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3 Things to Know About Antibodies

For some, production of antibodies isn’t a sure thing, complicating the hoped-for end of the COVID-19 pandemic.

blue antibodies attacking red viruses

COVID-19 made “antibodies” a hot topic. Did people infected with COVID-19 have antibodies to the virus? And did people who received a vaccine make antibodies that would protect them? 

The answers turned out to be yes to both questions for those who have healthy, functioning immune systems. For people who have certain primary immunodeficiencies, the question is more cloudy. Transplant recipients, who are also immunocompromised, have questions, too. Research published in April in the Journal of the American Medical Association (JAMA) found that vaccinated transplant recipients had low levels of antibodies or none at all.

For many who have immunodeficiencies, the vaccine likely will be as effective as it is for the general population, immunologist Kathleen Sullivan said last fall in a video message from the Immune Deficiency Foundation. But, she said, it’s unclear how a potential vaccine will work for those who have antibody deficiencies.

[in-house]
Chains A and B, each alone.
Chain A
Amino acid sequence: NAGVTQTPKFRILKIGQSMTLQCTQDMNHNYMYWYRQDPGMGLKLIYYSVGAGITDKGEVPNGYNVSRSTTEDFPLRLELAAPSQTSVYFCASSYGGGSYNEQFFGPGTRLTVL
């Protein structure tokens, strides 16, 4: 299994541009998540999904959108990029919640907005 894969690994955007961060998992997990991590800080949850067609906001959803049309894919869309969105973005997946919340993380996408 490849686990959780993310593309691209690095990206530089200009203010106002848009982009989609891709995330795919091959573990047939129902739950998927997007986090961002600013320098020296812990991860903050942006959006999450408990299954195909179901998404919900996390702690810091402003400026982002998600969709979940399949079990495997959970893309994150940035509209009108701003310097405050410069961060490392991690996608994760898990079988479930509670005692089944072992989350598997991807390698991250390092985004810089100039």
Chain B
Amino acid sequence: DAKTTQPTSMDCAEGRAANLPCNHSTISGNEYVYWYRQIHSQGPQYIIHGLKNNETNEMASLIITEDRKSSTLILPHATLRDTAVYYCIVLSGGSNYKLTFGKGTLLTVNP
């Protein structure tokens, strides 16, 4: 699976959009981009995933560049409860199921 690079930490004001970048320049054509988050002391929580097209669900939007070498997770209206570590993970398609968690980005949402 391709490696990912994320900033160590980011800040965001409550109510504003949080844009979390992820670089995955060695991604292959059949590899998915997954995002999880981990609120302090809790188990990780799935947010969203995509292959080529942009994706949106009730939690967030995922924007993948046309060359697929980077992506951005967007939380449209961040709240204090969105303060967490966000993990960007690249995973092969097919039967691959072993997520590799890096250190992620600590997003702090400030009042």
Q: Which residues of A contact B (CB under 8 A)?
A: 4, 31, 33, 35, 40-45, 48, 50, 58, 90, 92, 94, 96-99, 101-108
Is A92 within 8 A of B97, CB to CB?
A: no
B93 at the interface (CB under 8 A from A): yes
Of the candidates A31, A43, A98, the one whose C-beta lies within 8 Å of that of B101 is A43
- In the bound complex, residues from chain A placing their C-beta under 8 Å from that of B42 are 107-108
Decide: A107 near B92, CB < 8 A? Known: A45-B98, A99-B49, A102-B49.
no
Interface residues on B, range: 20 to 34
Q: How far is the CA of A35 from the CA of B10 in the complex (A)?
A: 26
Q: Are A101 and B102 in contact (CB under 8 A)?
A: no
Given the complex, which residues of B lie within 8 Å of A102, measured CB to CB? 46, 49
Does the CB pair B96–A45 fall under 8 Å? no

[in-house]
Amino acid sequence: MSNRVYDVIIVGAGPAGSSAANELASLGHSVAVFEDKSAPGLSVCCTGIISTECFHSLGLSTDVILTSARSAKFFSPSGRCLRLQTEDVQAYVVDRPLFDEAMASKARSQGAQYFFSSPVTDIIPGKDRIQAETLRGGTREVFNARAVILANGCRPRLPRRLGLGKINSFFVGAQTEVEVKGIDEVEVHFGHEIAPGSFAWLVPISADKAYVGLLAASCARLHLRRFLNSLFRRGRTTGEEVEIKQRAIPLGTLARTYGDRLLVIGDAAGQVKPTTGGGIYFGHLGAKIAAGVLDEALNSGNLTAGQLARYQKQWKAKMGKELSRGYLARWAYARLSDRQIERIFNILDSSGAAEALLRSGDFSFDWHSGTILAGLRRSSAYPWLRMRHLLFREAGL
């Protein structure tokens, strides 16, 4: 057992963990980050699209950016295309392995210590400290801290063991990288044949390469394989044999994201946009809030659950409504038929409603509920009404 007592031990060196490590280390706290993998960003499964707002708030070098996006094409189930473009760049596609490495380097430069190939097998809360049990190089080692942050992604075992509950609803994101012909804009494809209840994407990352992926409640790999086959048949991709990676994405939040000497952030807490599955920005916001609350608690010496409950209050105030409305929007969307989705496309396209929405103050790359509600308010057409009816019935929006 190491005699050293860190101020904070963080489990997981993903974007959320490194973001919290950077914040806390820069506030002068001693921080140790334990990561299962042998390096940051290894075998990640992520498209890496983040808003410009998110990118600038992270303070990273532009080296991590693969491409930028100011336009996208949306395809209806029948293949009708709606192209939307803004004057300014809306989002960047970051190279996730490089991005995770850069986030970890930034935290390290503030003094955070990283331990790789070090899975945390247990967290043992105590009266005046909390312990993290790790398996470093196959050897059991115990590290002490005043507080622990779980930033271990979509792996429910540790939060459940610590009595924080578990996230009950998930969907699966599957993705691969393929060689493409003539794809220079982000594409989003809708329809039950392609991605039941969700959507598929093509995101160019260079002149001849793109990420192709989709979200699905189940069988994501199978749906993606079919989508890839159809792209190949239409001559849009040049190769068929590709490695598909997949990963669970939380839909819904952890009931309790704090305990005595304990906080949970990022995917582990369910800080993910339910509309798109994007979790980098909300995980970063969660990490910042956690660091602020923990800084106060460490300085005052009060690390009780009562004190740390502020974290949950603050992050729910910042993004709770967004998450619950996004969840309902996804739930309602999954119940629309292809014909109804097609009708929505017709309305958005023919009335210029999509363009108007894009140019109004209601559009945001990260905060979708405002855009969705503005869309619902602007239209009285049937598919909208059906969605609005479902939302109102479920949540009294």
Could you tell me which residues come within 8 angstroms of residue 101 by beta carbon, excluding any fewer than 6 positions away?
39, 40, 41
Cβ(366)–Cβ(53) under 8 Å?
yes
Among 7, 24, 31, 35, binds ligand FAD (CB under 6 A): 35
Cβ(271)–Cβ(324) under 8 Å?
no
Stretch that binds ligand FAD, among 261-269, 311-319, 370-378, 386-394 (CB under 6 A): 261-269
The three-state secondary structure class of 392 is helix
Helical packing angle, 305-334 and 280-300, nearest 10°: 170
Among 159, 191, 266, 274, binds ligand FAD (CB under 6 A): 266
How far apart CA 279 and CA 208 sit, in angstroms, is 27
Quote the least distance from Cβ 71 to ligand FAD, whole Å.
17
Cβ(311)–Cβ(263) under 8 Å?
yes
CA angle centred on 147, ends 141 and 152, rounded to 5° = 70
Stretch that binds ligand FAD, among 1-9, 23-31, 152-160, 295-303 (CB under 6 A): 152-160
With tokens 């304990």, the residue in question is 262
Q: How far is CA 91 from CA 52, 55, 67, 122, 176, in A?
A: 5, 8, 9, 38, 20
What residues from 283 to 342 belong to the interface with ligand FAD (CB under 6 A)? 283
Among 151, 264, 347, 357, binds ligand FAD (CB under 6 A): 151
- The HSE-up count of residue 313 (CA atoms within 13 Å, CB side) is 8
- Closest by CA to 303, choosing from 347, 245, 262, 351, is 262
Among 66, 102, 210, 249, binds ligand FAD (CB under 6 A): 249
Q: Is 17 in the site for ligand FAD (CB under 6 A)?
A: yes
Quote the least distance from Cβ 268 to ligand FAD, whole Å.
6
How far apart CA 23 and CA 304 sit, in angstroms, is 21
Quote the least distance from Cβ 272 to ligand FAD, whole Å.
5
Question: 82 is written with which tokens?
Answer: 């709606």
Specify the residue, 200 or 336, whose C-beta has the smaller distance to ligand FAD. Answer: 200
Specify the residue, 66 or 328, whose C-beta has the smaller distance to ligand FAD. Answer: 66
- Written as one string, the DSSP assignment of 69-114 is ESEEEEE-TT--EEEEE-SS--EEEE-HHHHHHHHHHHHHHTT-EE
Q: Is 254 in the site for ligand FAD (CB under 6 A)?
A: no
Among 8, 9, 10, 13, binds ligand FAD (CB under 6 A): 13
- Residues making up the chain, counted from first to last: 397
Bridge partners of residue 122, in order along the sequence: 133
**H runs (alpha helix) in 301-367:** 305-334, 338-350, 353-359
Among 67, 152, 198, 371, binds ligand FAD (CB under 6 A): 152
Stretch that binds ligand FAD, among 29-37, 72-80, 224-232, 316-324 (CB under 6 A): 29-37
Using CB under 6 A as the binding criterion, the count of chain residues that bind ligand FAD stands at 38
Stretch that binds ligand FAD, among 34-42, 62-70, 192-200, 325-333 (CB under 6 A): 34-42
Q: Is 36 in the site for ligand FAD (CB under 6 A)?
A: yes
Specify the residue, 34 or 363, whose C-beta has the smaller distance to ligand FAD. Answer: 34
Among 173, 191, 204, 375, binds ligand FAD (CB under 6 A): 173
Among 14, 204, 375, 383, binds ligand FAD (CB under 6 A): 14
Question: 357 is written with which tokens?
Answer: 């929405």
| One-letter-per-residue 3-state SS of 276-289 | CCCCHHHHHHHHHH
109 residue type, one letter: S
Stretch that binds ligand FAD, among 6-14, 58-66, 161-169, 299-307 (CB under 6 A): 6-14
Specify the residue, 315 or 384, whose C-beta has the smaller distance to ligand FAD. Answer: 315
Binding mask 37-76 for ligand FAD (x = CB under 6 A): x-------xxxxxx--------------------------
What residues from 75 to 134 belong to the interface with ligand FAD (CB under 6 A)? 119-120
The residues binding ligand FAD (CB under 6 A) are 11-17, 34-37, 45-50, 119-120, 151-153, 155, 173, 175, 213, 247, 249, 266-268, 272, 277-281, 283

In April, the U.S. National Institutes of Health launched a 500-person study to help determine how protected immunocompromised people are after they have received a COVID-19 vaccine.

Until the results are in, here are three things to know about antibodies

  1. Antibodies enable your body to “remember” a bacteria or virus and disarm it before it can make you sick. Antibodies attach themselves to a virus and prevent it from getting into your cells.
  2. It’s a complex process and there’s more than just one kind of antibody: IgG, IgA, IgM, IgD and IgE. Ig means “immunoglobulin.” Each class has a different structure and a slightly different function. 
  3. Antibodies aren’t the whole story, said Dr. Richard Kaul, a transplant doctor at the University of Michigan. He and other doctors recently weighed in on the likely immune response of people who are immunocompromised for various reasons. “The immune system includes lots of other components that are essential in defeating everything from the common cold to COVID-19,” he said. “And those other elements may be reporting for duty in large numbers after you get the vaccine.” 

Later this month, physicians will discuss SARS-CoV2 antibodies at an Immune Deficiency Foundation conference that begins June 23. Get more information about the four-day virtual event, described as the largest gathering of primary immunodeficiency patients in the world.